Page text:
Guest Post by Will Hindmarch: Funny Vs. Happy

Will Hindmarch is a writer and game designer. Find him online at Wordstudio or Gameplaywright.

On one of his spoken-word records, The Boxed Life, Henry Rollins talks a bit about being funny or happy all the time. If you could be funny or happy all the time, which would you pick?

I’ve been thinking about this since 1995. I first heard Boxed Life in 1995 and I’ve been thinking about this since then. I’ve been thinking about other things, too, but still. The question, it vexes me.

“I’m funny all the time, I’m not happy all the time,” Rollins said. “So, okay, but that’s all right, because I’d rather be funny than happy … all the time.”

Historically, I’ve found it easy to answer this question … but hard to shake it. If I had to choose, I’d choose to be funny.

“There’s not a lot to learn from being unfunny,” I used to tell people when I’d talk about this. That idea is plainly bullshit — there’s plenty to learn from bombing on stage or mucking up a joke — but it’s what I would say. People who are happy all the time irk me.

In part, I believe the lessons learned from being unhappy are valuable. I have to believe that. I have to believe that the time I spend feeling miserable will pay off somehow, maybe by informing my work, maybe in insights or wisdom. I want to believe that misery isn’t a waste of my time because I only have so much time and I don’t want to think that I’ve wasted so much of it.

The trouble is, I’ve cooked the question too long. I reduced out a lot of the nuance and the flavor and I’ve sometimes forgotten that the heart of the question is in that phrase “all the time.”

I think it’s easy to breeze through happy times without learning anything. Happiness feels easy even when it’s not easy. If you’re like me, good times can feel sustainable when you’re in them.

They’re not sustainable. Nothing lasts forever. And here’s the thing about misery: it doesn’t have to make sense.

This has been a great month for me, creatively. My new tabletop RPG, Dark, is doing well at Kickstarter. The new online storytelling game I’m working on, Storium, just entered a new phase of alpha testing. I’m designing a series of new Fiasco playsets I can’t tell you about yet. Lots of fun work happening at once.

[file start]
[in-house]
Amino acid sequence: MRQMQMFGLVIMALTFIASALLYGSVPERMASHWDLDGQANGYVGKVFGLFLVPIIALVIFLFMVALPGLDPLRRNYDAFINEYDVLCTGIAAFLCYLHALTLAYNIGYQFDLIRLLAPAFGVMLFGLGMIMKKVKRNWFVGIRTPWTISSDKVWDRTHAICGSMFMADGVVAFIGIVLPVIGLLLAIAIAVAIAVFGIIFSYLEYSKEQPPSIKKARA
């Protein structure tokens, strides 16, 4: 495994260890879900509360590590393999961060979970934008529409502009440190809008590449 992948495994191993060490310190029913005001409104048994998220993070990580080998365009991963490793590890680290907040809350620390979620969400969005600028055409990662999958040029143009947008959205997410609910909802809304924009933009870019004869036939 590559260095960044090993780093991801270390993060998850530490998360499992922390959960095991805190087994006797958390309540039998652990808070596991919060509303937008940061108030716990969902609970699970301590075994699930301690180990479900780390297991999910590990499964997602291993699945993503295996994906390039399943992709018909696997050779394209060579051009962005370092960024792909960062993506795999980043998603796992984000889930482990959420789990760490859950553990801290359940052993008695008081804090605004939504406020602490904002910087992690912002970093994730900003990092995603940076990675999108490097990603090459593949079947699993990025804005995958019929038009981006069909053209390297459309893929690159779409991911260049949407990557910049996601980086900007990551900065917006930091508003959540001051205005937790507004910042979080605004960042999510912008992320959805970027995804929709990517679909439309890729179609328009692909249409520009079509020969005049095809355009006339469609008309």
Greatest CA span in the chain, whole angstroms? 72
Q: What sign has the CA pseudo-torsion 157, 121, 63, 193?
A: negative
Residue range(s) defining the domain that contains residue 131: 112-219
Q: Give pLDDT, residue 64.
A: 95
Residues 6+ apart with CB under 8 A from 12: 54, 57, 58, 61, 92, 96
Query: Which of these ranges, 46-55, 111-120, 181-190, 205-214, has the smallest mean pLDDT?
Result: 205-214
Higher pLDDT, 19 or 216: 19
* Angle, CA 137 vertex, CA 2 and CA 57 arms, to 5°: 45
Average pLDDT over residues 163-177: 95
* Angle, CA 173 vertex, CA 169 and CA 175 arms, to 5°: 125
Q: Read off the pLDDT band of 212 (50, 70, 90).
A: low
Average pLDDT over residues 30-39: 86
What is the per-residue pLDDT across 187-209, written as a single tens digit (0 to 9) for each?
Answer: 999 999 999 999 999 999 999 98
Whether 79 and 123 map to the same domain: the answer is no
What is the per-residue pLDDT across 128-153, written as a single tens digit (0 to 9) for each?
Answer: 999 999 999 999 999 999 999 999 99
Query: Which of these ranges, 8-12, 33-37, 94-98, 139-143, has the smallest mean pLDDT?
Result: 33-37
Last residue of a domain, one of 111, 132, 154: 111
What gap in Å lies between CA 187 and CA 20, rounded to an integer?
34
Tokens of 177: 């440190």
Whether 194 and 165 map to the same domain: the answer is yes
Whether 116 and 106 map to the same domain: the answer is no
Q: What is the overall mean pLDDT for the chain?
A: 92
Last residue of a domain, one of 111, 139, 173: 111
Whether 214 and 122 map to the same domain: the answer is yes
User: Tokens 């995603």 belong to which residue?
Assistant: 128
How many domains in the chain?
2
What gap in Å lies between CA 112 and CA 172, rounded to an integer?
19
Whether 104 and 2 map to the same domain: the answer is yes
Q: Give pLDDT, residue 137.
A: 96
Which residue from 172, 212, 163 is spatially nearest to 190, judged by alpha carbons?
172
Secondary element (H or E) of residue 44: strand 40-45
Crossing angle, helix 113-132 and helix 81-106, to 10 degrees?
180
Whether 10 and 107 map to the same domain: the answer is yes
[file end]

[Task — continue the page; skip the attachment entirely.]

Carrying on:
Things are, measurably, good.

Last week, I couldn’t see that. Something grim settled over me like a glum fog, blocking out the light. I wanted to do good work but I couldn’t see straight — I hated everything I wrote not because it was bad, but because I wrote it. I put off work I wanted to do because I didn’t feel like I had earned the right to work on it yet. It was a dessert-and-vegetables thing, I told myself. But that’s bullshit, too. When I’m that miserable, I fear and resent happiness. I feel like I owe it nothing, like it’s betrayed me, like I have to learn how to function forever without it because I may never be happy again.

That’s the inherent, fascinating, dangerous fallacy inherent in the funny-or-happy equation. It’s in that phrase: all the time.

Happiness is impermanent. So is misery. What’s fleeting is often beautiful.

The trap I fell into was thinking that unhappiness, misery, and depression were somehow more revealing, more authentic than happiness. As if there’s less to learn from happiness than from misery. Look around and you’ll see people tripping on this idea all around us.

(It’s an easy mistake, I think, because misery ruminates, obsesses, and stares at itself. Depression warps time, pushing us to dwell on things that still exist when we’re happy — things that we just don’t fret about so much when things are good.)

We have a lot to learn from happiness and contentment and while it is sometimes harder to pause and glean the insights when you’re busy laughing and dancing and making merry, let’s do that more. We don’t have to be happy all the time (because, seriously, ugh) but we shouldn’t mix up happy with oblivious, either. I did that for too long.

Anyway, I still don’t want to be happy all the time because I think I’m ill-suited for that. I want to learn from happiness and misery, both. And if I could be funny all the time, I could bring  laughs and joy to others and that would rebound back to me. When other people laugh at my jokes? That makes me happy.